I’m a longtime fan of the Love and Logic series of parenting books and CDs, and “logical” parenting in general, but any parent who tries to teach logical lessons needs to realize, if a successful outcome depends on a kid acting in a certain way, the lesson can backfire. But when it’s just the parent involved in a consequence, it works.  For example,  if a child disrespects a parent while a parent is driving them somewhere, the parent can do numerous logical things that are great consequences but that don’t depend on any predictable actions from the child–  the parent can pull over to the side of the road and wait a few minutes or longer until the child calms down;  the parent can turn the car around and drive home, telling the child he/she will not be going to that activity; the parent can say they are not providing transportation to the next scheduled activity, etc.   Nothing is required of the child in return– the parent is simply saying, through their actions, “If I’m not treated with respect while I’m doing such and such for you, then I’m just not going to do such and such.  I’m taking care of myself, I’m not allowing myself to be treated badly.”  Does the success of that “technique” depend on the kid not ever disrespecting the parent again? No.  You hope the child will learn from that incident to be respectful in the future, but if not, you just repeat your actions the next time the disrespect is shown, and are a success every time because you are showing your child that you are taking care of yourself.  And, you are teaching that actions have consequences.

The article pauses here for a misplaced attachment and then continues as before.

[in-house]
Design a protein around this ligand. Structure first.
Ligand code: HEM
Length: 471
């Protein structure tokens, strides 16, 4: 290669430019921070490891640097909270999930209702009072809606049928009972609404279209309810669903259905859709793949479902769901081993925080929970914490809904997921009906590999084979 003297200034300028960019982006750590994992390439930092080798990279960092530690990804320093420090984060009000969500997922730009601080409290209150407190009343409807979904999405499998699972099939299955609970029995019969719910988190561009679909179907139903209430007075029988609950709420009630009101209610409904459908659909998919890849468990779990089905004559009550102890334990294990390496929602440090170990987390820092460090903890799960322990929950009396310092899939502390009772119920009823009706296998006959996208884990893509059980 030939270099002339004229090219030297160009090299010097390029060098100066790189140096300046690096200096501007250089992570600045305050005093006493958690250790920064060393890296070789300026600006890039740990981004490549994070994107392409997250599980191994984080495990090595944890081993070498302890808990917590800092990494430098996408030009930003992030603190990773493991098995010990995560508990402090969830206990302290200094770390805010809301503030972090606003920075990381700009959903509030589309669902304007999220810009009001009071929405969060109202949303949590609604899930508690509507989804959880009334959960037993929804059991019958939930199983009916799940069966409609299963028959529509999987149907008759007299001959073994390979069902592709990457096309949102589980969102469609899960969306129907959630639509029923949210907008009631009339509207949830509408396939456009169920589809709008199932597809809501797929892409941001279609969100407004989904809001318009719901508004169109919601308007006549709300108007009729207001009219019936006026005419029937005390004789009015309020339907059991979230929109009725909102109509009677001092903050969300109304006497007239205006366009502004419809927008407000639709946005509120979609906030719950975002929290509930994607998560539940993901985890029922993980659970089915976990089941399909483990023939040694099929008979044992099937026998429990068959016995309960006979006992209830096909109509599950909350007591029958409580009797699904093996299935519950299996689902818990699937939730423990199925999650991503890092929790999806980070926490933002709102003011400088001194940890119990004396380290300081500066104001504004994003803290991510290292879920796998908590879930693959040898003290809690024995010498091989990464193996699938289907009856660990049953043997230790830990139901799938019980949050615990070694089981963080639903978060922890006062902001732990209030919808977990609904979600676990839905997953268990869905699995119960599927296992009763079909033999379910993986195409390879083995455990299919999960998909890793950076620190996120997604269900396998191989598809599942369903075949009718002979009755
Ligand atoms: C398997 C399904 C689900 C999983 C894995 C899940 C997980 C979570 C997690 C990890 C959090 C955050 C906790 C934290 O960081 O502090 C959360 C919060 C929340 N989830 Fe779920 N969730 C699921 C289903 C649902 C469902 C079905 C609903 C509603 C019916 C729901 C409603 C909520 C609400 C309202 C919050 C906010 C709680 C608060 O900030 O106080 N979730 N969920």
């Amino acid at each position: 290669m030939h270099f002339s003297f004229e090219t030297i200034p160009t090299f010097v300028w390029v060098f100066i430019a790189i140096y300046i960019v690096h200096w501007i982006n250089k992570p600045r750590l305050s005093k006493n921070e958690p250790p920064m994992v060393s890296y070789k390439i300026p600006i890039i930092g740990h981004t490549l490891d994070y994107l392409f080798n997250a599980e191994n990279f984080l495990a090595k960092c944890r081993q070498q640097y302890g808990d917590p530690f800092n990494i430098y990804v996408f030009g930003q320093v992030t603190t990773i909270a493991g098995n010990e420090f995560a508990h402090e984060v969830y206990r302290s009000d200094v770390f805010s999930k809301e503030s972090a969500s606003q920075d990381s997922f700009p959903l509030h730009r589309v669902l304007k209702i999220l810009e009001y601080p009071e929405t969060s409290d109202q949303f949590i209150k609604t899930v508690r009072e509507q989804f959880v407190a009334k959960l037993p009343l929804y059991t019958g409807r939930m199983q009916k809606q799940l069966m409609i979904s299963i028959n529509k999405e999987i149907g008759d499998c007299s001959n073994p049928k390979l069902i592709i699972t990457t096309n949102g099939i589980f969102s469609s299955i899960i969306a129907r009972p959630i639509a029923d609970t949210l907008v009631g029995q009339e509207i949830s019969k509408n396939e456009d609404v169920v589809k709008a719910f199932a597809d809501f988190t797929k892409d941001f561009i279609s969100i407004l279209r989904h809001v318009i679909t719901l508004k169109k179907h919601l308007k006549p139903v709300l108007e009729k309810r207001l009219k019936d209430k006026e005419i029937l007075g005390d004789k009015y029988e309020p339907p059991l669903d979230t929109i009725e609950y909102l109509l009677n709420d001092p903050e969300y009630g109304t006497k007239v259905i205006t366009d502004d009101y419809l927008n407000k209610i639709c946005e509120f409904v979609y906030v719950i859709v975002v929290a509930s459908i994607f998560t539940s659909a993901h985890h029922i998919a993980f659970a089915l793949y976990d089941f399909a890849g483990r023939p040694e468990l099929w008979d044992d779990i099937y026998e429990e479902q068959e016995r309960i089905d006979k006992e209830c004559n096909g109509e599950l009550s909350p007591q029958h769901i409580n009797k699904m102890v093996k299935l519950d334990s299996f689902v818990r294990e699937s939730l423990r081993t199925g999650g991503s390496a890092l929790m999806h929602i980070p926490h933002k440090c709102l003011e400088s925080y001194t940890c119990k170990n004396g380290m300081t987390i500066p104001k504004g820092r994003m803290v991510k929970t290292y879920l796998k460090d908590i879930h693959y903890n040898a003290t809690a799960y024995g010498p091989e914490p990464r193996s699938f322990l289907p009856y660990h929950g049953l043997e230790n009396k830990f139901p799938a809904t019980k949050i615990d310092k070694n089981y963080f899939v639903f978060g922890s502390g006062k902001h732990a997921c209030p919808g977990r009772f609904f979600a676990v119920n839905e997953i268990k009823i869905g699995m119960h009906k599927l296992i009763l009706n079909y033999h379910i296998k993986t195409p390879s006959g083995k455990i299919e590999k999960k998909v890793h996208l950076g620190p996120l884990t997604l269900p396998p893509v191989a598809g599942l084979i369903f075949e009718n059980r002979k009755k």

When kids’ actions are an “expected” part of the outcome, beware. One of Love and Logic’s well-worn “success” stories/teaching tools is how one of the book’s authors used to fight with his kids about bedtime, but everything worked out just peachy keen once he started telling them they could stay up as late as they wanted. The first night of their new-found freedom, they stayed up real late, and were so tired the next day at school, it was a beautiful lesson learned.  No more fighting over bedtime, and the very next night and every night from then on, the kids got to bed at earlier bedtimes, on their own, because they didn’t like the way they felt when they were tired the next day.  Well, la-dee-freakin’-da.  I seriously wonder if that really happened.  Both of my kids, who have very different personalities from each other, often stay up late on school nights, and are very tired the next day, but only once in awhile do they ever put two and two together, that if they got more sleep, they’d feel better the next day.  I quit fighting with them about bedtime long ago, but the “logical” outcome is only a sweet dream…